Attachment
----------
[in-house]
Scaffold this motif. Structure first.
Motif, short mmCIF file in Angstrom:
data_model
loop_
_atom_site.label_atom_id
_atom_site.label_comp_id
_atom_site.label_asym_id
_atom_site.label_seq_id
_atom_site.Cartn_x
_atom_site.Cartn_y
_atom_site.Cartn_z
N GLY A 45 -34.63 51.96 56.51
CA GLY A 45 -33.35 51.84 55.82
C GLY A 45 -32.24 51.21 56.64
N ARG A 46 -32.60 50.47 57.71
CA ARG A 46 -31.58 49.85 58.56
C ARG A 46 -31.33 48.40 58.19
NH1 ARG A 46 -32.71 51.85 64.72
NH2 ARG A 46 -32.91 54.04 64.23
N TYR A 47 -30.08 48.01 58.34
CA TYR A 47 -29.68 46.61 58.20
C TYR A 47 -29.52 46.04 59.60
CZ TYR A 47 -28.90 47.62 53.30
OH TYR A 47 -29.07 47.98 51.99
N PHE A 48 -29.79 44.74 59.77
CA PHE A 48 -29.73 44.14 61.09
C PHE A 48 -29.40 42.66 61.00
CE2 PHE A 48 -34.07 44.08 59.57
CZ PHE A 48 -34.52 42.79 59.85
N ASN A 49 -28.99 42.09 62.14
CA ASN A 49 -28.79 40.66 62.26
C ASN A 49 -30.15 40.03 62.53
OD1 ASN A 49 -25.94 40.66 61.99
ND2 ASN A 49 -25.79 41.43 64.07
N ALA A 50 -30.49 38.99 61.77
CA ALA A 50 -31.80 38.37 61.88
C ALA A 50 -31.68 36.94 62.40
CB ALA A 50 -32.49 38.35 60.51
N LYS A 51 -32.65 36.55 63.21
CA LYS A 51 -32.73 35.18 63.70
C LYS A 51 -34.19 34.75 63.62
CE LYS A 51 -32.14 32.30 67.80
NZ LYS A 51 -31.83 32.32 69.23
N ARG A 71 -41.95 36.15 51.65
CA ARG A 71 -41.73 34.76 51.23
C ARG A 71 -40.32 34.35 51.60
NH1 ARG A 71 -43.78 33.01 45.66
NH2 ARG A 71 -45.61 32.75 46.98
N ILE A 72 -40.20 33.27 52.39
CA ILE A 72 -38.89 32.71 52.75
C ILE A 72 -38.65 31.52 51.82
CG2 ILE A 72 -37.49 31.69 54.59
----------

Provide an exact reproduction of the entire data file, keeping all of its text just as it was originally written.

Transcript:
[in-house]
Scaffold this motif. Structure first.
Motif, short mmCIF file in Angstrom:
data_model
loop_
_atom_site.label_atom_id
_atom_site.label_comp_id
_atom_site.label_asym_id
_atom_site.label_seq_id
_atom_site.Cartn_x
_atom_site.Cartn_y
_atom_site.Cartn_z
N GLY A 45 -34.63 51.96 56.51
CA GLY A 45 -33.35 51.84 55.82
C GLY A 45 -32.24 51.21 56.64
N ARG A 46 -32.60 50.47 57.71
CA ARG A 46 -31.58 49.85 58.56
C ARG A 46 -31.33 48.40 58.19
NH1 ARG A 46 -32.71 51.85 64.72
NH2 ARG A 46 -32.91 54.04 64.23
N TYR A 47 -30.08 48.01 58.34
CA TYR A 47 -29.68 46.61 58.20
C TYR A 47 -29.52 46.04 59.60
CZ TYR A 47 -28.90 47.62 53.30
OH TYR A 47 -29.07 47.98 51.99
N PHE A 48 -29.79 44.74 59.77
CA PHE A 48 -29.73 44.14 61.09
C PHE A 48 -29.40 42.66 61.00
CE2 PHE A 48 -34.07 44.08 59.57
CZ PHE A 48 -34.52 42.79 59.85
N ASN A 49 -28.99 42.09 62.14
CA ASN A 49 -28.79 40.66 62.26
C ASN A 49 -30.15 40.03 62.53
OD1 ASN A 49 -25.94 40.66 61.99
ND2 ASN A 49 -25.79 41.43 64.07
N ALA A 50 -30.49 38.99 61.77
CA ALA A 50 -31.80 38.37 61.88
C ALA A 50 -31.68 36.94 62.40
CB ALA A 50 -32.49 38.35 60.51
N LYS A 51 -32.65 36.55 63.21
CA LYS A 51 -32.73 35.18 63.70
C LYS A 51 -34.19 34.75 63.62
CE LYS A 51 -32.14 32.30 67.80
NZ LYS A 51 -31.83 32.32 69.23
N ARG A 71 -41.95 36.15 51.65
CA ARG A 71 -41.73 34.76 51.23
C ARG A 71 -40.32 34.35 51.60
NH1 ARG A 71 -43.78 33.01 45.66
NH2 ARG A 71 -45.61 32.75 46.98
N ILE A 72 -40.20 33.27 52.39
CA ILE A 72 -38.89 32.71 52.75
C ILE A 72 -38.65 31.52 51.82
CG2 ILE A 72 -37.49 31.69 54.59